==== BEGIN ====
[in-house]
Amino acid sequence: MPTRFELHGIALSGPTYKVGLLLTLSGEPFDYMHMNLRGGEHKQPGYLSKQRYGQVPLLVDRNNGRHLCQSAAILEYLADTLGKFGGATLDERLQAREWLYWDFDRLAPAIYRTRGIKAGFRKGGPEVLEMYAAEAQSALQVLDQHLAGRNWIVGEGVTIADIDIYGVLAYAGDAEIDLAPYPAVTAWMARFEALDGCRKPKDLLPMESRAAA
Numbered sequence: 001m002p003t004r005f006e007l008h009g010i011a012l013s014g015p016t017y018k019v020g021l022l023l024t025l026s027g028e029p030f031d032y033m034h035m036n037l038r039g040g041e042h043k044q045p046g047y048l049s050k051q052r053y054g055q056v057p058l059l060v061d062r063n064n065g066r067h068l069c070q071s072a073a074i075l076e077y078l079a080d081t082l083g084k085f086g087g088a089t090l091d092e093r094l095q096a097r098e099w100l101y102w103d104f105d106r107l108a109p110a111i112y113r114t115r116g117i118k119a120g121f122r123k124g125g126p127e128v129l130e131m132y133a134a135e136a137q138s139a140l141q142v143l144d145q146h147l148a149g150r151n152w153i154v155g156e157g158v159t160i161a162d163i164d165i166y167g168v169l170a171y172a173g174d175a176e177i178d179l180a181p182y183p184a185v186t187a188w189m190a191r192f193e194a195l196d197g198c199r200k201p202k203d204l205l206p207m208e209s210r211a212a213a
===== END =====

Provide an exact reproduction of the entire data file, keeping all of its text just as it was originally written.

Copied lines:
[in-house]
Amino acid sequence: MPTRFELHGIALSGPTYKVGLLLTLSGEPFDYMHMNLRGGEHKQPGYLSKQRYGQVPLLVDRNNGRHLCQSAAILEYLADTLGKFGGATLDERLQAREWLYWDFDRLAPAIYRTRGIKAGFRKGGPEVLEMYAAEAQSALQVLDQHLAGRNWIVGEGVTIADIDIYGVLAYAGDAEIDLAPYPAVTAWMARFEALDGCRKPKDLLPMESRAAA
Numbered sequence: 001m002p003t004r005f006e007l008h009g010i011a012l013s014g015p016t017y018k019v020g021l022l023l024t025l026s027g028e029p030f031d032y033m034h035m036n037l038r039g040g041e042h043k044q045p046g047y048l049s050k051q052r053y054g055q056v057p058l059l060v061d062r063n064n065g066r067h068l069c070q071s072a073a074i075l076e077y078l079a080d081t082l083g084k085f086g087g088a089t090l091d092e093r094l095q096a097r098e099w100l101y102w103d104f105d106r107l108a109p110a111i112y113r114t115r116g117i118k119a120g121f122r123k124g125g126p127e128v129l130e131m132y133a134a135e136a137q138s139a140l141q142v143l144d145q146h147l148a149g150r151n152w153i154v155g156e157g158v159t160i161a162d163i164d165i166y167g168v169l170a171y172a173g174d175a176e177i178d179l180a181p182y183p184a185v186t187a188w189m190a191r192f193e194a195l196d197g198c199r200k201p202k203d204l205l206p207m208e209s210r211a212a213a